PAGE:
The tell-tale signs started the first day of the third month I was home at exactly three o clock in the afternoon. A dreadfull smell suddenly filled my nostrils, only for a second, and then it was gone again. I chose to ignore it and continued with my daily chores. The second time it happened I took double my medication that night, and spent two days in a haze, at least the smell was gone. At times I would suddenly feel such horrendous dread lasting for a few minutes and then it dissapeared again. I started eating less. I started sleeping more during the day, trying to stay awake at night. The nights were fine, it was the days that plagued me. Days filled with a dreadfull smell and horrendous dread. I refused to give in to my fear.
It was in the middle of the third month. I was alone at home. A stench suddenly filled the room. I could hear gnarling behind me. Before I could run away, I was picked up and thrown against the cupboard. I could hear my ribs breaking as my side hit the wood. I looked up and saw the beast in front of me. It looked like a dog standing on its haunches. It's face contorted in anger, gnarling at me. I could hear Apollo barking like mad outside. He was scratching against the door, trying to get inside. The beast went down on it's paws, gnarling, showing it's razor sharp teeth, yellow foulsmelling saliva drooling from it's mouth. I just stared at it, my breathing laboured with pain and disbelief. They told me I was just hallucinating! I closed my eyes, counted to ten, and when I opened them the beast was on top of me. Horrified, I saw the saliva dripping on my face. I could see the malevolent look in it's eyes. I was going to die!
I closed my eyes again, waiting to die and then suddenly silence... The stench was gone too. I opened my eyes again and I was alone. I heard my mother and brother's voices in the kitchen.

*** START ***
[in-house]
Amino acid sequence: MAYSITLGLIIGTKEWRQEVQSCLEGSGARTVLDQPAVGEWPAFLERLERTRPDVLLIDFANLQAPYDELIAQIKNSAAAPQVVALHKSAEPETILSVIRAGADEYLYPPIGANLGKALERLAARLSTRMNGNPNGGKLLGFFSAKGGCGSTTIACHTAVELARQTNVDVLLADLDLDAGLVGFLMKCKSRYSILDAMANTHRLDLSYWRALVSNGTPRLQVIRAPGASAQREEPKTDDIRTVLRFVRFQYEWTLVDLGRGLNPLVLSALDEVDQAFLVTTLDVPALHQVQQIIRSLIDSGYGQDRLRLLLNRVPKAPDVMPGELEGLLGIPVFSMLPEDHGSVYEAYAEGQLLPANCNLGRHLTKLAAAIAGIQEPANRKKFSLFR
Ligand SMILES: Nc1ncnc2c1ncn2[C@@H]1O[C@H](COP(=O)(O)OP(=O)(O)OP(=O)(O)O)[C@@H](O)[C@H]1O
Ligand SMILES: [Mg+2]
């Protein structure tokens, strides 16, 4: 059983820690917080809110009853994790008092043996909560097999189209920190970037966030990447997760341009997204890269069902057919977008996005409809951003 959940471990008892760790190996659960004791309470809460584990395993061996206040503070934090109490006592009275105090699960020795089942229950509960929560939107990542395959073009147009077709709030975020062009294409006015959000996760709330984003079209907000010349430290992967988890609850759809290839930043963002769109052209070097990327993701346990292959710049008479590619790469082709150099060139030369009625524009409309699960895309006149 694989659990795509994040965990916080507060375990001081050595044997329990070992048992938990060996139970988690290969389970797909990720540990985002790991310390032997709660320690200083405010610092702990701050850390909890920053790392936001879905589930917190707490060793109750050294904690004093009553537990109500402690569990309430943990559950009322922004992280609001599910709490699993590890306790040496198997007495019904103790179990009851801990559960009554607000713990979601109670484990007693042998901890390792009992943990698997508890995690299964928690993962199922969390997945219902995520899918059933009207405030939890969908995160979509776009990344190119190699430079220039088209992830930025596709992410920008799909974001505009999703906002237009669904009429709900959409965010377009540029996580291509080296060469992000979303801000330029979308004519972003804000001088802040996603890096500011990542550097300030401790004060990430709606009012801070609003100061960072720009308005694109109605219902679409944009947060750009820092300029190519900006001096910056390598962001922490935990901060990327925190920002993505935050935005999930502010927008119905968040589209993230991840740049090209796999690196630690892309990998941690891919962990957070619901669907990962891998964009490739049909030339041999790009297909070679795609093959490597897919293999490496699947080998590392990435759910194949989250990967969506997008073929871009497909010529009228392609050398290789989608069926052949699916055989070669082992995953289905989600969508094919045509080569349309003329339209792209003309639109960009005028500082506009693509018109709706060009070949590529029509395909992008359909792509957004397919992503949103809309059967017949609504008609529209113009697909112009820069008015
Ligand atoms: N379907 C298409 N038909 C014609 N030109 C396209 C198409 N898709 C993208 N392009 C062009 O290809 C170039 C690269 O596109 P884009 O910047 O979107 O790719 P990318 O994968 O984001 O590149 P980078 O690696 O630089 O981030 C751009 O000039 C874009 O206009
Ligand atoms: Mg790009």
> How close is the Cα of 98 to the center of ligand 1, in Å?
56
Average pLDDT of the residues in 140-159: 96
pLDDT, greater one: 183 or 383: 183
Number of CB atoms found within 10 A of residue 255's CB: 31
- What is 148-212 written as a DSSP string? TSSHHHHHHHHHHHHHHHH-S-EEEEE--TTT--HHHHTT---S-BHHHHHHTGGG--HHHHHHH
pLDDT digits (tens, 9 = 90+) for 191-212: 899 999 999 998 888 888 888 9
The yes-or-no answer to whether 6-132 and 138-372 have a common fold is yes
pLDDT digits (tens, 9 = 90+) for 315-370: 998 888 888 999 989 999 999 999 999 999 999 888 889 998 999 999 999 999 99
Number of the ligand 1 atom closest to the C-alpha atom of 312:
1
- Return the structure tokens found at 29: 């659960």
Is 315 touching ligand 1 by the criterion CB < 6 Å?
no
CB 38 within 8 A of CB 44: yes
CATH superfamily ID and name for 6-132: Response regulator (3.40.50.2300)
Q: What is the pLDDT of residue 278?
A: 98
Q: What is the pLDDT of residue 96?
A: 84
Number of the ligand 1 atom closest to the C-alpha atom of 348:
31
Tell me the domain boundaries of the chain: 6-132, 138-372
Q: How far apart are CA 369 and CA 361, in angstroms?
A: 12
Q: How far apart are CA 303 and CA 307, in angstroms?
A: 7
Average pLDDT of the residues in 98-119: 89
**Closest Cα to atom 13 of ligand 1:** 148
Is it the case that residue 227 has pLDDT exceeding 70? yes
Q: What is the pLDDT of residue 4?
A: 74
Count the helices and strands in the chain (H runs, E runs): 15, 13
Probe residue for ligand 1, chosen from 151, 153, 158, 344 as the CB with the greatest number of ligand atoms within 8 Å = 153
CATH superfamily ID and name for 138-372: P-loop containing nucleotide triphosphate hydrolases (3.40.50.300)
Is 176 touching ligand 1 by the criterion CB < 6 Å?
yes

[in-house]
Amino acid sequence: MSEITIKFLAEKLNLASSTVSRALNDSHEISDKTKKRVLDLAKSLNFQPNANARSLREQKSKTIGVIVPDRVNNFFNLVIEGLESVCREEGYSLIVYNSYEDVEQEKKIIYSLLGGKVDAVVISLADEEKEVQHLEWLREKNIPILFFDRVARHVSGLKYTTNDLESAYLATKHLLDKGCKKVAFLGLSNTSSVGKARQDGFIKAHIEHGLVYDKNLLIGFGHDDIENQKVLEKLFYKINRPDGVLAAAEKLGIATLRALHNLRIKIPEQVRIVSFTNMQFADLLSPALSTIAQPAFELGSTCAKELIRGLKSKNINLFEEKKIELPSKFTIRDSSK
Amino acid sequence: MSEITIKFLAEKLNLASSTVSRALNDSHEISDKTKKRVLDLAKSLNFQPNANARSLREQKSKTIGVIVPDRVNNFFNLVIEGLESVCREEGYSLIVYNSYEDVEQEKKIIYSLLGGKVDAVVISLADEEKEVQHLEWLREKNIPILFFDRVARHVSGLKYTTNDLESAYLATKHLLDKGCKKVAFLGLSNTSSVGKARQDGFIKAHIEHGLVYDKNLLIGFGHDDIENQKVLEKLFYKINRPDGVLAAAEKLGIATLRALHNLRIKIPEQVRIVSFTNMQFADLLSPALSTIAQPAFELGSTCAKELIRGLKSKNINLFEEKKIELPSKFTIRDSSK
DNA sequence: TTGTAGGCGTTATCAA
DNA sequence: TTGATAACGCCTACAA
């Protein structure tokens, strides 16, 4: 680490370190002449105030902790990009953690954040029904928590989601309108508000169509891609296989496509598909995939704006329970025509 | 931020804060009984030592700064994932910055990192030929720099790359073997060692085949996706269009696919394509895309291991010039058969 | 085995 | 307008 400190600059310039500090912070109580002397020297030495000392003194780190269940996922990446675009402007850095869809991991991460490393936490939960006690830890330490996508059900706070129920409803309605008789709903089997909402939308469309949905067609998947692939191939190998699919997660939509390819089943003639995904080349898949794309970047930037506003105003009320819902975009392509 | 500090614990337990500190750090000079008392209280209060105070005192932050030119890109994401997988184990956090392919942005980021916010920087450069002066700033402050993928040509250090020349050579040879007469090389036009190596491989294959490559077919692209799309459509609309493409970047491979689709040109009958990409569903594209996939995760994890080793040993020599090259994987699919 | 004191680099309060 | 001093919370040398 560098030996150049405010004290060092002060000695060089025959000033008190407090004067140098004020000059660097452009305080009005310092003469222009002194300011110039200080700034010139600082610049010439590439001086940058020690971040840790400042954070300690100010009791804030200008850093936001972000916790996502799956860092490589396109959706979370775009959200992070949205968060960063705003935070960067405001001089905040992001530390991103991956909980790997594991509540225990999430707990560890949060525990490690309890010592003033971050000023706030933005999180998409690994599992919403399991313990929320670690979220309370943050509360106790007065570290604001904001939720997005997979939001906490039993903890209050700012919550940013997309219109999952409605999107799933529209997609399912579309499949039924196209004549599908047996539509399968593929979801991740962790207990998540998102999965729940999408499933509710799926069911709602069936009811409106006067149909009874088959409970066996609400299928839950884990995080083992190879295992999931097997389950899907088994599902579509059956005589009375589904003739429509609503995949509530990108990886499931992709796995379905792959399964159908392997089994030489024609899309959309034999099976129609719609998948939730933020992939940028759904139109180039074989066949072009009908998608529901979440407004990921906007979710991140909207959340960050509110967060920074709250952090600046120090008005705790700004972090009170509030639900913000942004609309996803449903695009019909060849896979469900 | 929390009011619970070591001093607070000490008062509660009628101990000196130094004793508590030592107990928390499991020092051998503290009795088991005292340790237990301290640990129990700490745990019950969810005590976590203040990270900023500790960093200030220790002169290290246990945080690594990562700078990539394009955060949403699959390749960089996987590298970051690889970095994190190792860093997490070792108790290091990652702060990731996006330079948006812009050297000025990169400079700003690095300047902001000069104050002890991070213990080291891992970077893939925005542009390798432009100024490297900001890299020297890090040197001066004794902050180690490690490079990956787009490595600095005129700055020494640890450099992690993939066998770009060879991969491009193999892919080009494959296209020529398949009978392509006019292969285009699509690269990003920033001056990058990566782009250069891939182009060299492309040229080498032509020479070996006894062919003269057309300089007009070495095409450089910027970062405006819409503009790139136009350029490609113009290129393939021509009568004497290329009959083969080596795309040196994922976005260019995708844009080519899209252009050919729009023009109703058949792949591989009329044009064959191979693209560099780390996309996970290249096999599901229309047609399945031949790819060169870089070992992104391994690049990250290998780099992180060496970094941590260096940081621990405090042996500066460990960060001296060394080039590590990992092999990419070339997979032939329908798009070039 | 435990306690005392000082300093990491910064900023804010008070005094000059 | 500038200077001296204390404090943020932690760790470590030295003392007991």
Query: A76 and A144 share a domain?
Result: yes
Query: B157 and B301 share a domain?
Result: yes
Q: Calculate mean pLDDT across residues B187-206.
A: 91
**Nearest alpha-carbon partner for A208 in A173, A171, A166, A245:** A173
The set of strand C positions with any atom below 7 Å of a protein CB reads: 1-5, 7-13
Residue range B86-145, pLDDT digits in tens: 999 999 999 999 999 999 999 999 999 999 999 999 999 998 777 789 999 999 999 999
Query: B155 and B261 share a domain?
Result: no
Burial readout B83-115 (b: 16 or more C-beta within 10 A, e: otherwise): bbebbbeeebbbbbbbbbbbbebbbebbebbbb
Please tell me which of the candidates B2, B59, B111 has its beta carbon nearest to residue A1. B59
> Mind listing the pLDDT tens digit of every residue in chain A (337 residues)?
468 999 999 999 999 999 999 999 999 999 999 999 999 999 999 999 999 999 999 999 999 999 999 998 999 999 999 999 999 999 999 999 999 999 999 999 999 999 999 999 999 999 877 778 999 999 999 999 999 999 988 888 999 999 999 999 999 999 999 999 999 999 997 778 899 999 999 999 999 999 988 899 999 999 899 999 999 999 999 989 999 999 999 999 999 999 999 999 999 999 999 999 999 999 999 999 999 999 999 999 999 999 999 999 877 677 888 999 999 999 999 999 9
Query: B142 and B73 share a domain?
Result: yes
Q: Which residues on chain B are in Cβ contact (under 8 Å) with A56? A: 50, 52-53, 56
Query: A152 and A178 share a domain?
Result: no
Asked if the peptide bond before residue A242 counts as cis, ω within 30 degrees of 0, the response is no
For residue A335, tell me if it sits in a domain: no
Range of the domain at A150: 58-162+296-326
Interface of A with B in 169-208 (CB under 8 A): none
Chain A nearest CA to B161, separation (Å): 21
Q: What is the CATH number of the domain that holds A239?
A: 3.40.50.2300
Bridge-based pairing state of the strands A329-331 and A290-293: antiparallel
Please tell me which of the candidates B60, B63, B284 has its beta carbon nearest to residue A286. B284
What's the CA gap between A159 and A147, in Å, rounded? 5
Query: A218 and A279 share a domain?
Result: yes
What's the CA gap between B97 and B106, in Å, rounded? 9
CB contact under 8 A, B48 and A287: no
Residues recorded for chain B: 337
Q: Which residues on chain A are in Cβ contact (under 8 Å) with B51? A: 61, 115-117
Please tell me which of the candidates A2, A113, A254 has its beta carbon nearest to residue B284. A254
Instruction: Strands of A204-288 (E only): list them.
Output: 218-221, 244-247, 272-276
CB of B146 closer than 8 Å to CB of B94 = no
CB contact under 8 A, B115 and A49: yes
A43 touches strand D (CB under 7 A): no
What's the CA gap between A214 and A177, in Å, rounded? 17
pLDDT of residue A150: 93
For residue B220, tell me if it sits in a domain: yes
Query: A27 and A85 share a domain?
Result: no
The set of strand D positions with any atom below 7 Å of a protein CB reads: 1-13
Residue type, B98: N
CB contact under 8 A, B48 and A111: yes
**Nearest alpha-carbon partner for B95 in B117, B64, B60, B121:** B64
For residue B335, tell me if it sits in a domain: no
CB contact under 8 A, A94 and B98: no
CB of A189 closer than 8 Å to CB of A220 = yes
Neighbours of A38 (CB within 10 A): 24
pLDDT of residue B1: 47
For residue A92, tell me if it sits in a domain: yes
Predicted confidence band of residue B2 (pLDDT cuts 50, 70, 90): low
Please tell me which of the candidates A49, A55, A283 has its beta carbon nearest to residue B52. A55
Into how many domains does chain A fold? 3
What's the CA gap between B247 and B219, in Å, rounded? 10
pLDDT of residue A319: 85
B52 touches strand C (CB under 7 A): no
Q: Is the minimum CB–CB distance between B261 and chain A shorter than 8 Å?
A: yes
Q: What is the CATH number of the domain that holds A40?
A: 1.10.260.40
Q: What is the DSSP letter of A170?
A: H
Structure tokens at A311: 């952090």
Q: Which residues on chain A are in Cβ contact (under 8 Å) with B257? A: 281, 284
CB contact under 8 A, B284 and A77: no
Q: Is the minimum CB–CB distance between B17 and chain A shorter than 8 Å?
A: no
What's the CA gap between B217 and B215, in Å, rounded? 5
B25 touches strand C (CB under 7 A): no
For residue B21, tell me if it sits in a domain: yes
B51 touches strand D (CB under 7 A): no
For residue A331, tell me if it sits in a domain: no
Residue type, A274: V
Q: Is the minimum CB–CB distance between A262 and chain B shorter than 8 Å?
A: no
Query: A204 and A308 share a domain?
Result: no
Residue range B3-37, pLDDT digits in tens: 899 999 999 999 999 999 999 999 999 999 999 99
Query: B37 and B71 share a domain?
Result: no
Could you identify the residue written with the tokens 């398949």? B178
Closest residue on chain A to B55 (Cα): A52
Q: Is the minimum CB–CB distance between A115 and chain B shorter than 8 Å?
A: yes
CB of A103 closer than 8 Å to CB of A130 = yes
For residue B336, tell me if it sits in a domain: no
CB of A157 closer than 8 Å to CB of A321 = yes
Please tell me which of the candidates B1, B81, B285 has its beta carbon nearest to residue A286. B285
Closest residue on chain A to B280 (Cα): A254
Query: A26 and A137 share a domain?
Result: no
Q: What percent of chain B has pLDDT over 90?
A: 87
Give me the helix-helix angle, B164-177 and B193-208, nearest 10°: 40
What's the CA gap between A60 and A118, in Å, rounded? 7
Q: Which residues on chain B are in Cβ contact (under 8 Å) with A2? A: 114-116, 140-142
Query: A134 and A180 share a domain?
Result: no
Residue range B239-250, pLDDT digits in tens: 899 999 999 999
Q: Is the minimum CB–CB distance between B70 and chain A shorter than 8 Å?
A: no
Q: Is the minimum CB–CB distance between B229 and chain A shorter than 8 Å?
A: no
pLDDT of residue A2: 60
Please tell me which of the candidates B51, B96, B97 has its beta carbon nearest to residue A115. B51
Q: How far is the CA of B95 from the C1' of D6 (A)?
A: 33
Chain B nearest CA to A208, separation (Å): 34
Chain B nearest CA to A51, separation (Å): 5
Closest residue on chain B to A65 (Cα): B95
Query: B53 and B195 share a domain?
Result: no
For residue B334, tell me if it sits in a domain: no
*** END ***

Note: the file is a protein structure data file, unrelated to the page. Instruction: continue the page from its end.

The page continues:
" Oh, what's that smell?? Xena what have you been doing? Where is that smell coming from? Oh, my God! What are you doing on the floor, what happened here?"
I had trouble breathing through the pain and could not answer immediately. John helped me up as I struggled to regain my breath.
" And what is this yellow, stinky stuff on your face? What's going on here?"
"I tripped and fell against the cupboard. This is a new facial jel I was trying. Found it in one of the magazines. I know it smells awful, I will wash it off immediately." I was already breathing better, the pain dissapearing.
"Are you sure that you are ok?" my mother asked as I went into the bathroom. I nodded and closed the door. Looking into the mirror I saw my saliva filled face looking back. It was all real. The beast wants me. And why am I healing so quickly? Why me?
I washed my face quickly and went into my bedroom to put on some new clothing. Despite all that happened to me a few minutes ago, I felt enlightened. I was not crazy. This is real. Allthough I should be horrified I was on cloud nine. You can fight something that is flesh and blood and that is real, but you cannot fight a figment of your imagination. At least now, I have a fighting chance. Now I can be at peace.